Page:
Here is someone who could design a kick ass DCIM system - Pat Helland Software Architect

One of my software buddies sent me a video link pumped that the presentation discussed the power of immutable distributed systems.  When I saw the presentation I saw it was by ex-Microsoft Software Architect Pat Helland.  In 2010, Pat moved to the Bing team to work on back end infrastructure to support the search environment.  

Last Fall, I switch to work on Bing Infrastructure and have been very, very busy (and having a wonderful time).  The projects I’m working on include COSMOS and Autopilot.  COSMOS is a petabyte store (working towards being an exabyte store) which runs over tens of thousands of inexpensive computers.  In addition to reliable storage, COSMOS supports Dryad based computation with application development in SCOPE which is a SQL-like language.  Some public papers include: SCOPE and COSMOS, and Partitioning and Parallel Plans in SCOPE and COSMOS.  The Autopilot team in OSD (Online Services Division which includes Bing) makes hardware selections for our ever-increasing bunch of servers, networking, systems support, automatic deployment and load balancing.  See  Autopilot.  I have been having a blast working with the team in Bellevue and a team in Beijing with lots of talented people.

FYI, Pat now works as a software architect at Salesforce and this video got me to reconnect to Pat through LinkedIn.

Pat is a guy who could definitely design a DCIM system.  Below is the presentation my developer friend got pumped about. I watched it too and agree Pat describes the ideas it takes to build a system for a complex data environments.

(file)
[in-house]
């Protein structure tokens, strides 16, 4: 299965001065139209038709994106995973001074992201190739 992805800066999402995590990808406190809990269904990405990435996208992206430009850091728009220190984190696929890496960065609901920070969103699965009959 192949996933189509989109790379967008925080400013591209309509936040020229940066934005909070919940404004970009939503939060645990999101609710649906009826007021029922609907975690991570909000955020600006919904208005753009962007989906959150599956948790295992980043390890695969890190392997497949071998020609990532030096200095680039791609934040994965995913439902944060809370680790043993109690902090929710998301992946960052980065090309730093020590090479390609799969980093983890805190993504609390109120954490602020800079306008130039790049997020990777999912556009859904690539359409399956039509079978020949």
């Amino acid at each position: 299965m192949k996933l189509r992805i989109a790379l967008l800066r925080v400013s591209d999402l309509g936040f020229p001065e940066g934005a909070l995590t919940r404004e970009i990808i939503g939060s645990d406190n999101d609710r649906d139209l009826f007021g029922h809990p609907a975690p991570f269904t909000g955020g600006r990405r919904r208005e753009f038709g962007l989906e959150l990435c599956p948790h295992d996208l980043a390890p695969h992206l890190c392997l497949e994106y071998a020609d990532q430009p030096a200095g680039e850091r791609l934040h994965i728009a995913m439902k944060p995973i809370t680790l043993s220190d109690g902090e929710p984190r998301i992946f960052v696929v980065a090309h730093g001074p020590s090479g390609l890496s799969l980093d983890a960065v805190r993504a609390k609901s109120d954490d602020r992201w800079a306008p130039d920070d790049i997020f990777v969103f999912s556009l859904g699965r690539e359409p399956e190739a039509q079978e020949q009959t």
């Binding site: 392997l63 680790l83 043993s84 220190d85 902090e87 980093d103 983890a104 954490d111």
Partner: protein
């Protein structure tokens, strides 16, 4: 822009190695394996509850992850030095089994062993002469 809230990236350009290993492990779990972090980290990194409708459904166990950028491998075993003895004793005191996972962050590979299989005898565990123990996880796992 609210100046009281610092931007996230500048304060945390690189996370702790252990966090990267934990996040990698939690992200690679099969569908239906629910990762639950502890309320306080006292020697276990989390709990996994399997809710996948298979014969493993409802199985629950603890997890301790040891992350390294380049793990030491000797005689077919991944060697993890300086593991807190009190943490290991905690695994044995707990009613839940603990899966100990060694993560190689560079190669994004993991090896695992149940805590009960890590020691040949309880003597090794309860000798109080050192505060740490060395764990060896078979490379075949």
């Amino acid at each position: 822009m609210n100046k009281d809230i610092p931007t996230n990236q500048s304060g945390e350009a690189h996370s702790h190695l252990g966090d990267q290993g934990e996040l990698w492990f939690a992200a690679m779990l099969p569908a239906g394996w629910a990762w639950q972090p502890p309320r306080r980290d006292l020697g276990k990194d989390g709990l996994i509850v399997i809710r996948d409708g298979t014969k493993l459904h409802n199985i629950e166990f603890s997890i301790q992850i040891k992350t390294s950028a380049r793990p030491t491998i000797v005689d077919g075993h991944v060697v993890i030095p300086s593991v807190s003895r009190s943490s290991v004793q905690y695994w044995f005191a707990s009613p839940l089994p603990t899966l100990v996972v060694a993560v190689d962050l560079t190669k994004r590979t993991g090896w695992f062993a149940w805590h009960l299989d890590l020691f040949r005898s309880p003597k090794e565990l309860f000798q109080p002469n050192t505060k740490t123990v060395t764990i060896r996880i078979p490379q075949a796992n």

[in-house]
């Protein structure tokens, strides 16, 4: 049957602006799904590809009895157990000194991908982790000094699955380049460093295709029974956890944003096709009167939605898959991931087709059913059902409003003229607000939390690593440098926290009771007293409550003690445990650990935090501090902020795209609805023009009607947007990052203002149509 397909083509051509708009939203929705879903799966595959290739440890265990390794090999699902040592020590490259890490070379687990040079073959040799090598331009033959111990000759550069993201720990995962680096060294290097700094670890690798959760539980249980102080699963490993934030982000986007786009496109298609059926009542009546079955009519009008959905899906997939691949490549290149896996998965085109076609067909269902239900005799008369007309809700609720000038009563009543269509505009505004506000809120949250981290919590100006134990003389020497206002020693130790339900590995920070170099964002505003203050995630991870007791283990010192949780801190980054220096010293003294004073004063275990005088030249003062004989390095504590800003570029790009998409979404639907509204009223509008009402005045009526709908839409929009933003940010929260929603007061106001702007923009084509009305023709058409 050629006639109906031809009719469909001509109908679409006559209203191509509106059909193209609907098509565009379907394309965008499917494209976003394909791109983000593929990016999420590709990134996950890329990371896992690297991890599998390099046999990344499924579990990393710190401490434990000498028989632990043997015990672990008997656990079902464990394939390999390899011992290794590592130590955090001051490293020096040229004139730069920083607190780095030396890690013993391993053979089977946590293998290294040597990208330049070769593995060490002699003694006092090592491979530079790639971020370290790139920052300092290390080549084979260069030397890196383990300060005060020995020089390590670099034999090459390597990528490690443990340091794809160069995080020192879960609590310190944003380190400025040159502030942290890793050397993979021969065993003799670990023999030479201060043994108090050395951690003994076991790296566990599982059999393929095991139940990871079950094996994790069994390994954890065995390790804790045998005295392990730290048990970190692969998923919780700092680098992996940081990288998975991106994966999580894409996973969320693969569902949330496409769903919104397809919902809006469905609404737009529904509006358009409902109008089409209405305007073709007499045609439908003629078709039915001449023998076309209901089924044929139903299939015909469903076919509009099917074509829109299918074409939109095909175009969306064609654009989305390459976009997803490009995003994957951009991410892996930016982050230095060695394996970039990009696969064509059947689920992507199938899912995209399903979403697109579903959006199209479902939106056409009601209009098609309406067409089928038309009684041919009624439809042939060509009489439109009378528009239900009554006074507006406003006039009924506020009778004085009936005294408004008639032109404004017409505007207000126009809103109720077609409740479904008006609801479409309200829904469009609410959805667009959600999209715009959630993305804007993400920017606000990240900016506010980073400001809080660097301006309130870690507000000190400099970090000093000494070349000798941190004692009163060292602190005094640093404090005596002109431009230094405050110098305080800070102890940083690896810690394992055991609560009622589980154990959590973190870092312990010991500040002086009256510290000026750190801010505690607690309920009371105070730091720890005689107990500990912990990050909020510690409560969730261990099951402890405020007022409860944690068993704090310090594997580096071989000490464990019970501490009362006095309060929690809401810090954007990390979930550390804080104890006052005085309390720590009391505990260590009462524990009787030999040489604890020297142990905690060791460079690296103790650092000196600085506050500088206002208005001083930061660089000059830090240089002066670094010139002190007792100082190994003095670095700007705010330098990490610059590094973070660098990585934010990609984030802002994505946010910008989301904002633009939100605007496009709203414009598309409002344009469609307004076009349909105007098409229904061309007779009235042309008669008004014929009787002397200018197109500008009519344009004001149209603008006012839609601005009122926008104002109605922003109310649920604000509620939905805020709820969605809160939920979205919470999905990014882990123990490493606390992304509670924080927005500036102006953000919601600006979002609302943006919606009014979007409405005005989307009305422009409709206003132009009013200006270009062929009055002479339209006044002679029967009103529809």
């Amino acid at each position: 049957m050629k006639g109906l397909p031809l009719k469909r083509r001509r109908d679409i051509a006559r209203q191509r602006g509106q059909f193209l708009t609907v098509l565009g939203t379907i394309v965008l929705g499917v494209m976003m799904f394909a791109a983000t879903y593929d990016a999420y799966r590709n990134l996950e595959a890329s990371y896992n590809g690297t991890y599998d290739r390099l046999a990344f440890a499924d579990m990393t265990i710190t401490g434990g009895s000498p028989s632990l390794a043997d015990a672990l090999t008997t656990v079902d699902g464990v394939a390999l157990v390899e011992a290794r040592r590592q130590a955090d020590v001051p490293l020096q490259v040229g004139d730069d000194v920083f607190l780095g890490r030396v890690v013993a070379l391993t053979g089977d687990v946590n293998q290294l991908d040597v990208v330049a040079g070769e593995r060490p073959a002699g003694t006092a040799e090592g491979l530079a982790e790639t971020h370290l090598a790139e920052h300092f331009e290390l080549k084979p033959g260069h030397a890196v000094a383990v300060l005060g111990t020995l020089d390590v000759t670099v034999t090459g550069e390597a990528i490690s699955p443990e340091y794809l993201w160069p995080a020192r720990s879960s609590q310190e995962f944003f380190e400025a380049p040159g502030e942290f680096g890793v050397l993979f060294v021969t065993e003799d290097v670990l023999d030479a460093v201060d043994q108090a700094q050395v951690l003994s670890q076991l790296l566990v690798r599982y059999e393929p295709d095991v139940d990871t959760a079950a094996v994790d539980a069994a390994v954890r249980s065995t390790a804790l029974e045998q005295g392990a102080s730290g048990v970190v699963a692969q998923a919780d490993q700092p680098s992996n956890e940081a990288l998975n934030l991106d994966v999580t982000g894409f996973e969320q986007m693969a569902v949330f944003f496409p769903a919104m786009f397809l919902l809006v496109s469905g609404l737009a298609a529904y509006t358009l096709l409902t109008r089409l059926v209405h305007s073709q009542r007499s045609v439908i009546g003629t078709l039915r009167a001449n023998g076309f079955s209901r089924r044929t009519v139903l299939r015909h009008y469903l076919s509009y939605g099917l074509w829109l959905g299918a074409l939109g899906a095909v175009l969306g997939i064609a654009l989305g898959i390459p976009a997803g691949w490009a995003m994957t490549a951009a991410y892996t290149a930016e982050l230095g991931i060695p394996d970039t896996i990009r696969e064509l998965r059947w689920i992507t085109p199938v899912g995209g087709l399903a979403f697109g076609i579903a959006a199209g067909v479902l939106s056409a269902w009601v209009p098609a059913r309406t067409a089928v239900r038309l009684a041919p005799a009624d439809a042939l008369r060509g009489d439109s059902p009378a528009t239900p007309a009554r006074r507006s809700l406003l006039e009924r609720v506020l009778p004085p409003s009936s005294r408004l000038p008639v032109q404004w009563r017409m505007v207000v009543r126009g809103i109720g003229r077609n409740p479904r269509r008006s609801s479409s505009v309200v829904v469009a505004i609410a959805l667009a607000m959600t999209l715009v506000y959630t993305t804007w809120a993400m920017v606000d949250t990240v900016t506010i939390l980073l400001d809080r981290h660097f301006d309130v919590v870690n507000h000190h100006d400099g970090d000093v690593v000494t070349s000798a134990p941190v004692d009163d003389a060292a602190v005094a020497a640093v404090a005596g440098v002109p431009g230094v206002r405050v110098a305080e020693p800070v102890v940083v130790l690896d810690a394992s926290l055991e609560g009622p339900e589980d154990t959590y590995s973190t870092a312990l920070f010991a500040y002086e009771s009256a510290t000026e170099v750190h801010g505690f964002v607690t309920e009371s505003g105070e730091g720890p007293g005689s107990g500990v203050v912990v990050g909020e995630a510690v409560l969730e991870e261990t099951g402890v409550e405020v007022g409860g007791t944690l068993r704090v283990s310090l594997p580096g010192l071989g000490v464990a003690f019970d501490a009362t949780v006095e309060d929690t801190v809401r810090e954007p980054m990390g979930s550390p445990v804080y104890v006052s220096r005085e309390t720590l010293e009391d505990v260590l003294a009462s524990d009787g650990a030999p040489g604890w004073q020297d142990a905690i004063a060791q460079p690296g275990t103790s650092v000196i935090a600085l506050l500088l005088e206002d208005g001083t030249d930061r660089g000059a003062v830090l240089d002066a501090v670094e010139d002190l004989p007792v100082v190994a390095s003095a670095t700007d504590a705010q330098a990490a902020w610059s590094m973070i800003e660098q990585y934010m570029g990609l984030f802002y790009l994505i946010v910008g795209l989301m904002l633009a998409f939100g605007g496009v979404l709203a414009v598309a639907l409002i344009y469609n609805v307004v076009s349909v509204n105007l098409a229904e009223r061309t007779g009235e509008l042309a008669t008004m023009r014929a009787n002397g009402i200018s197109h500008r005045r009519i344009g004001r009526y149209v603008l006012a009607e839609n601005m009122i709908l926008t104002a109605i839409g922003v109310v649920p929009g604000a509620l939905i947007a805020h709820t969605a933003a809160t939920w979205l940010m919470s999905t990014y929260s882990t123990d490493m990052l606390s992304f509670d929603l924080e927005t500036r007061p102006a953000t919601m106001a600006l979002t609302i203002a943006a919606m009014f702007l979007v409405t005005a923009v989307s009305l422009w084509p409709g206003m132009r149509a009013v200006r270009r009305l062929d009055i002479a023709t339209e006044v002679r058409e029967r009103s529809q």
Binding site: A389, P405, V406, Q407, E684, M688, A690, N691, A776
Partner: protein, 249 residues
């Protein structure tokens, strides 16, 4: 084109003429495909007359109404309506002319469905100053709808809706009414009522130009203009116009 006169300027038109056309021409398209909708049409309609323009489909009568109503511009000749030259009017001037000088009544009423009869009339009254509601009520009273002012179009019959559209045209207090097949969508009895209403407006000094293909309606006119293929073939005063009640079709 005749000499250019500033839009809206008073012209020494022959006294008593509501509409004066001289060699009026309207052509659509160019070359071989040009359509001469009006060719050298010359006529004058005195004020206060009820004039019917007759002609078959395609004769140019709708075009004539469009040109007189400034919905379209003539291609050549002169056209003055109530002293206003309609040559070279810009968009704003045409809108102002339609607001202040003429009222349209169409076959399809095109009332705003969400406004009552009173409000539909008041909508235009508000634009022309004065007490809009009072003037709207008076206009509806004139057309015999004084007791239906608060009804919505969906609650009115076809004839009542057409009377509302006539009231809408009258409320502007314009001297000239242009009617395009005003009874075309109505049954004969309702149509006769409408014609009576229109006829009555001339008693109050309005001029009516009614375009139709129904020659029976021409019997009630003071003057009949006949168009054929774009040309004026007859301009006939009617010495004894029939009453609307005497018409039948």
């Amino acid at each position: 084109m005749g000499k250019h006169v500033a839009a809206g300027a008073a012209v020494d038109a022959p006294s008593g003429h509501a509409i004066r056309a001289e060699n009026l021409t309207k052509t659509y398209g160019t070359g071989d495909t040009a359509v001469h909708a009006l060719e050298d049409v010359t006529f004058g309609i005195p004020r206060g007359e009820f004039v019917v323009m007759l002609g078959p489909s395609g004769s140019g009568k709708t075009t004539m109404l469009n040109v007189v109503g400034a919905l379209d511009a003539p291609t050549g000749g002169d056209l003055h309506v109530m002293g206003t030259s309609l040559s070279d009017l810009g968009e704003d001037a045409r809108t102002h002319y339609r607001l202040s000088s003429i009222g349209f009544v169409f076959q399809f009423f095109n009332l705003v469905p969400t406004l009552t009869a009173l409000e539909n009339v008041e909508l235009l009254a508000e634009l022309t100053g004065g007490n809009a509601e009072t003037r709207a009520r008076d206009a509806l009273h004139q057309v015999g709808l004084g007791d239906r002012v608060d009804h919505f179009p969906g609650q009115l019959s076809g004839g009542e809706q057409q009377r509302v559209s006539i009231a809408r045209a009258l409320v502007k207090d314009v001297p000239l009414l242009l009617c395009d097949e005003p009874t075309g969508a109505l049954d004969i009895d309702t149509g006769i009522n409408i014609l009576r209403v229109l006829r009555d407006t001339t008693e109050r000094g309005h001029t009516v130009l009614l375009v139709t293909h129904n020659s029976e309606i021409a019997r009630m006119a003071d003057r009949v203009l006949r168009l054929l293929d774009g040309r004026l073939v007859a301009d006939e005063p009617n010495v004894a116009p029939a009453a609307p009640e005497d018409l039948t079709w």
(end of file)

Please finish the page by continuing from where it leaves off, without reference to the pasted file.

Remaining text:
Warning this video can be hard to watch if you don't already think about software designs and believe immutability changes everything.  Other great points are "normalization is for sissies" and "accountants don't have erasers."

Immutability Changes Everything - Pat Helland, RICON2012 from Basho Technologies on Vimeo.

I hadn't chatted with Pat for probably 5 years to discuss data centers.  He was just getting started studying data centers, and he gave a presentation on green data centers in 2008.

Green Computing through Sharing
Reducing both Cost AND Carbon

Data centers consumed 1.5% of the total electricity in the US in 2006 and are on track to double as a percentage every five years. It is about 2% of the US total in 2008. Western Europe’s use is increasing at a slightly faster rate (from a slightly lower base percentage). The consumption of electicity within data centers is of significant financial and environmental importance.

Where the heck is all this power going? Why is the electrical load increasing so much? What can be done about it?

This talk will examine both traditional and emerging data center designs. We will start by examining how a data center is laid out, constructed, and managed. We will show two emerging trends: the change to designing data centers for the optimization of power and the emergence of new economies of scale in data centers which is contributing to the drive towards cloud computing. Microsoft is actively moving to compete in the space of cloud computing as we are seeing at the PDC (Professional Developers Conference) a few weeks before TechEd EMEA Developer.

Next, we will examine the sources of waste in the system today and examine why so many of our resources are underutilized. Because we are reluctant to share computing resources, they are left idle much of the time. Why is this currently the dominant choice? What can be done in the design of applications, systems, and data centers to make them more green (both carbon and cash)? What can developers do to make a difference?

It was a pleasure chatting with Pat 5 years ago, and I look forward to connecting with him again, and discuss how immutability changes everything.  :-)